“Long fingers of shadows crept towards the three shacks huddled together on the hillside. Night was coming soon, and with it, the Wolf. Three porcine faces peered out of curtained windows, fear plain on their fleshy faces. The wind began to moan.”

“The sun began its nightly plummet towards the hillside, softening the landscape into a Monet painting, a vast impressionistic sweep of color and light. Inside the three rustic peasant shacks–straw, wood, and brick–three porcine faces peered out of curtained windows, knowing that with the disappearance of the sun, he’d come. But into which house would their handsome prince venture this evening?”

Writers can tell the exact same story in vastly different ways. Even though the bones of the writing are the same, how they tell the story can change our perception of it. These differences in writing style are commonly known as “voices,” and they aren’t reserved for fiction writing alone. Voice can be a critical part of any blog strategy–especially if you’re outsourcing.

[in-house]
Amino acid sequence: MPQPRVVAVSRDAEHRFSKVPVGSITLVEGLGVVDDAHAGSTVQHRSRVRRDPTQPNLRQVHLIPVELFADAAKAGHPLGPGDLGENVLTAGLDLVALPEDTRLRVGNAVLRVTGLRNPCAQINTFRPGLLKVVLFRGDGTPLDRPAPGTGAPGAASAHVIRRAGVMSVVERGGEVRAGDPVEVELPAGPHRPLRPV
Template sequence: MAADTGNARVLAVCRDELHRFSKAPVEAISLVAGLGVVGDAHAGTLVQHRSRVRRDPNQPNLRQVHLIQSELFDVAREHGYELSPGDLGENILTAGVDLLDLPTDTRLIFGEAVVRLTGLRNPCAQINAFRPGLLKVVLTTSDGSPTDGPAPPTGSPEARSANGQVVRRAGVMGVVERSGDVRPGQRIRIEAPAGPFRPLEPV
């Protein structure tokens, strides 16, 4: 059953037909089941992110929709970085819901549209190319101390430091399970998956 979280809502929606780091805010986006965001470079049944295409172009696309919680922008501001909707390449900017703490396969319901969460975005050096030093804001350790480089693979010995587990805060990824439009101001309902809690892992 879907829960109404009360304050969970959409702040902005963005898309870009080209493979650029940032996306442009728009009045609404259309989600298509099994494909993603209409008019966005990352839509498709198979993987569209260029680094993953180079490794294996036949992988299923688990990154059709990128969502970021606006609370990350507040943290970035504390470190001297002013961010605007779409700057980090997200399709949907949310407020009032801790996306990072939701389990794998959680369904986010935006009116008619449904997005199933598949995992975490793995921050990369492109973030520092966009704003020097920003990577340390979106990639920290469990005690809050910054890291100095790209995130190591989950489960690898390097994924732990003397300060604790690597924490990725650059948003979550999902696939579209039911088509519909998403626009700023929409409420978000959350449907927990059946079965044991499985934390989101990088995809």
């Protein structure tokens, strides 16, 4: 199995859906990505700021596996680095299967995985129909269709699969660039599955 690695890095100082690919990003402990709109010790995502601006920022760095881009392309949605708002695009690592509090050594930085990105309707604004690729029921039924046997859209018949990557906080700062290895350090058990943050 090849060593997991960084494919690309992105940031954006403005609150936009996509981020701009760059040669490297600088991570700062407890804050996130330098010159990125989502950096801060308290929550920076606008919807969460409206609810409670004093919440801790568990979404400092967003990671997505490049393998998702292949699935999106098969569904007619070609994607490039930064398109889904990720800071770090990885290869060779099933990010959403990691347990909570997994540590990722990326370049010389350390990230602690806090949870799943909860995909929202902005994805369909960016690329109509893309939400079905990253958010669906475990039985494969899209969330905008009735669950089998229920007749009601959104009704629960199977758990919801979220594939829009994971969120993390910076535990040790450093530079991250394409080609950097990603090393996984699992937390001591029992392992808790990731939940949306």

If you’re thinking of outsourcing your blogging, writing, or social media, you want to make sure your writer can produce the voice you’re looking for. It’s not nearly as easy as it sounds. Every company’s a bit different, after all. Even two companies in the same industry might speak in vastly different voices. For instance, at Roundpeg, we aim for a light, playful tone in our web  copy and blog posts. In effect, this means using very colloquial language (sometimes in surprising ways), using lots of rhetorical questions, and generally staying pretty fluffy with word choice. But when writing for other clients, it’s all about succinctness of language, seriousness of purpose, and an air of expert. That means blog posts that are to the point, don’t rely overly on metaphor, and use very precise language. Even if I’m writing on the same topic, how they’re presented is a world apart.

What’s the voice of your company? Is it coming through loud and clear?